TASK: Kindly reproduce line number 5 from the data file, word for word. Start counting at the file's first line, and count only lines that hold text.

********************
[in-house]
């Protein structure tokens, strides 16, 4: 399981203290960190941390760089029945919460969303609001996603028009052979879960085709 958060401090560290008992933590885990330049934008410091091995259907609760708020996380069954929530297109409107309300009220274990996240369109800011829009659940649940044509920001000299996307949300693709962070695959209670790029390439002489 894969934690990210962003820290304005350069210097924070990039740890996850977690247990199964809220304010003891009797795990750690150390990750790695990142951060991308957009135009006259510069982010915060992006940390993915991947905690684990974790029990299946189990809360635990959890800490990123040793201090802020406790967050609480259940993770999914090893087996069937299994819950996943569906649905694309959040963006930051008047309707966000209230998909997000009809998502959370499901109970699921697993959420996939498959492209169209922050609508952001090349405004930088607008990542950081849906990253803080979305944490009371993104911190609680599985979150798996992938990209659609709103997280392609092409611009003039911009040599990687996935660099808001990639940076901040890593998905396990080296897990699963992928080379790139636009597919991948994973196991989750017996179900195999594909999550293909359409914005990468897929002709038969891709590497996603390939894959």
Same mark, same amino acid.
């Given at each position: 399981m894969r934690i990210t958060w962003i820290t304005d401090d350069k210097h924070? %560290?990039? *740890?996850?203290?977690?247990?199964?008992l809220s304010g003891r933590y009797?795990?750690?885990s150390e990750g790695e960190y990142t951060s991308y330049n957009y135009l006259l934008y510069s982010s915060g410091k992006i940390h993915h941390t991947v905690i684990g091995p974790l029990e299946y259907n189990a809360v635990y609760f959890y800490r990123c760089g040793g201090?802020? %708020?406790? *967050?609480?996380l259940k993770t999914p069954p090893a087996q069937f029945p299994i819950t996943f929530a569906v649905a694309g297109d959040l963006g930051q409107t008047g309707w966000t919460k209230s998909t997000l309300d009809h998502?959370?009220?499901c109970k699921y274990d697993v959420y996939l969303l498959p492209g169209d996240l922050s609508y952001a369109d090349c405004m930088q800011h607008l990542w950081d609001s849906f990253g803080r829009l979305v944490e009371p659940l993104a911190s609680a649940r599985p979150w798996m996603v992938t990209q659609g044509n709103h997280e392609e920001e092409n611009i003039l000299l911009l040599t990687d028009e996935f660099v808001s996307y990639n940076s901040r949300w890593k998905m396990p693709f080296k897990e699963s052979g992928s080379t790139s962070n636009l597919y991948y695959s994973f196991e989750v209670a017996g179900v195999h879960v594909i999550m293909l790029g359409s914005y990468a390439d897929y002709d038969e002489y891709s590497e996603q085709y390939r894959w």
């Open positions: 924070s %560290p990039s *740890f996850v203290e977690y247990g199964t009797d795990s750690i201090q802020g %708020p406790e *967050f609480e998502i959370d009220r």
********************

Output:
């Open positions: 924070s %560290p990039s *740890f996850v203290e977690y247990g199964t009797d795990s750690i201090q802020g %708020p406790e *967050f609480e998502i959370d009220r």